With one month to go and over 4,000 Kiwis signed up to participate in Mental Health Awareness Week (MHAW), the campaign is already its biggest ever in Aotearoa.
MHAW is 23–29 September and New Zealand workplaces, communities, schools and kura are asked to Explore your way to wellbeing – Whāia te ara hauora, Whitiora.
MHF chief executive Shaun Robinson says the week, which has been led by the Mental Health Foundation of New Zealand (MHF) for 26 years, provides an opportunity to take notice of what makes you feel good and do more of that.
“Mental health is a taonga. It’s something we all have and something to look after so we can lead our best and most fulfilling lives. When our personal wellbeing is strong, our whānau, communities and Aotearoa can flourish too,” Mr Robinson says.
Mr Robinson says wellbeing isn’t just for people who have not experienced mental illness – it’s for everyone.
1 in 5 Kiwis experience a mental illness each year. Almost all of these people will recover or live well with the right support.
“Mental Health Awareness Week is an important reminder that we all go through ups and downs in life, and that’s why we need to explore what can help us when we’re feeling good and when we’re not.
“There are many challenges within our mental health system right now and advocating for better for all New Zealanders is a key part of our daily mahi. We acknowledge there’s a lot to do and it is going to take time. Exploring our way to wellbeing is something we can all do right now to make a real difference.”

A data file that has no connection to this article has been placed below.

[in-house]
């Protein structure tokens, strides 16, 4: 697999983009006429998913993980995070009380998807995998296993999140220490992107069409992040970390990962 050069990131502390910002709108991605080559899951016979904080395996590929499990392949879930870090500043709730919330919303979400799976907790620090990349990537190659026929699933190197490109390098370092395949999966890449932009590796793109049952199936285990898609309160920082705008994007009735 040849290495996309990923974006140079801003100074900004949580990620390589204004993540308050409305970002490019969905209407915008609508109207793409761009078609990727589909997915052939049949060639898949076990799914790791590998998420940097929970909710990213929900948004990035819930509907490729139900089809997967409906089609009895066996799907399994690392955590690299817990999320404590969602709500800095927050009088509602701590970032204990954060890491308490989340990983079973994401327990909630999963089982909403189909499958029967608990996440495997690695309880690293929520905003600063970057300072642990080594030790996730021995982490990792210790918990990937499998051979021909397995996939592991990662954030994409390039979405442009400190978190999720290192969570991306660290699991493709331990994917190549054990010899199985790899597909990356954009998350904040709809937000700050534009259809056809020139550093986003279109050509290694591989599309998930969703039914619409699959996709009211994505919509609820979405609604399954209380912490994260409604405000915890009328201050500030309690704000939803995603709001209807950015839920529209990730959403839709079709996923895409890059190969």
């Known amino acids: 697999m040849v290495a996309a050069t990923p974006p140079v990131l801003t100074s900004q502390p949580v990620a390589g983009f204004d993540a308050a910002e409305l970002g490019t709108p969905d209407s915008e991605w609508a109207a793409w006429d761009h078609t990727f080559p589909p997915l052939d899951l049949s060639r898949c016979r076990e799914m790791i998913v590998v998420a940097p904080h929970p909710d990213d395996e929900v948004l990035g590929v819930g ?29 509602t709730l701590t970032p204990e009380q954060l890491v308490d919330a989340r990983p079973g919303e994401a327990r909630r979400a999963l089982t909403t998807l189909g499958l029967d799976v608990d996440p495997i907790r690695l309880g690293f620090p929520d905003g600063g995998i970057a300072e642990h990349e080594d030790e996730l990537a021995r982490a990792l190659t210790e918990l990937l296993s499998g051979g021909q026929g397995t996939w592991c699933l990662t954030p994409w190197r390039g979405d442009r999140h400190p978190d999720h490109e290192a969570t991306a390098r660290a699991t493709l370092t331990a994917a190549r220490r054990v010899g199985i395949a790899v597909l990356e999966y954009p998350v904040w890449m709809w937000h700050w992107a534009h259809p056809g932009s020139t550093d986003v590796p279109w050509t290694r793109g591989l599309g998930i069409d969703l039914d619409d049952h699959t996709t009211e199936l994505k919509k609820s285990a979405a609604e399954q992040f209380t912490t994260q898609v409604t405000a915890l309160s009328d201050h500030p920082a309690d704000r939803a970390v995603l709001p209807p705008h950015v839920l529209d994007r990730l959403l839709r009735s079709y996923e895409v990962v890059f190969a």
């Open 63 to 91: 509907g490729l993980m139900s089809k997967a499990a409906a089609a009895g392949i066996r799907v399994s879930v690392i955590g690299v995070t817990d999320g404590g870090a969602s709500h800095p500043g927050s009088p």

MHAW in underpinned by Te Whare Tapa Whā, a model that describes health and wellbeing as a wharenui/meeting house with four walls.
The walls are taha hinengaro/mental health, taha wairua/spiritual health, taha tinana/physical health, and taha whānau/family and friends. Connection with the whenua/land forms the foundation of the wharenui.
“While it’s important to have the freedom to find out what makes you feel good, Te Whare Tapa Whā is a great framework for all New Zealanders to explore different ways to wellbeing,” MHF Māori Development Manager Ellen Norman says.
“Identifying all parts of our wairua, whānau, whenua, tinana and hinengaro makes us feels good means we’re prepared to handle the tough times.”
This year’s MHAW activities include competitions and challenges, community and cultural events and activities that align with Te Whare Tapa Whā.
For more information contact:
Senior Public Relations and Media Engagement Officer
Mental Health Foundation of New Zealand
021 998 949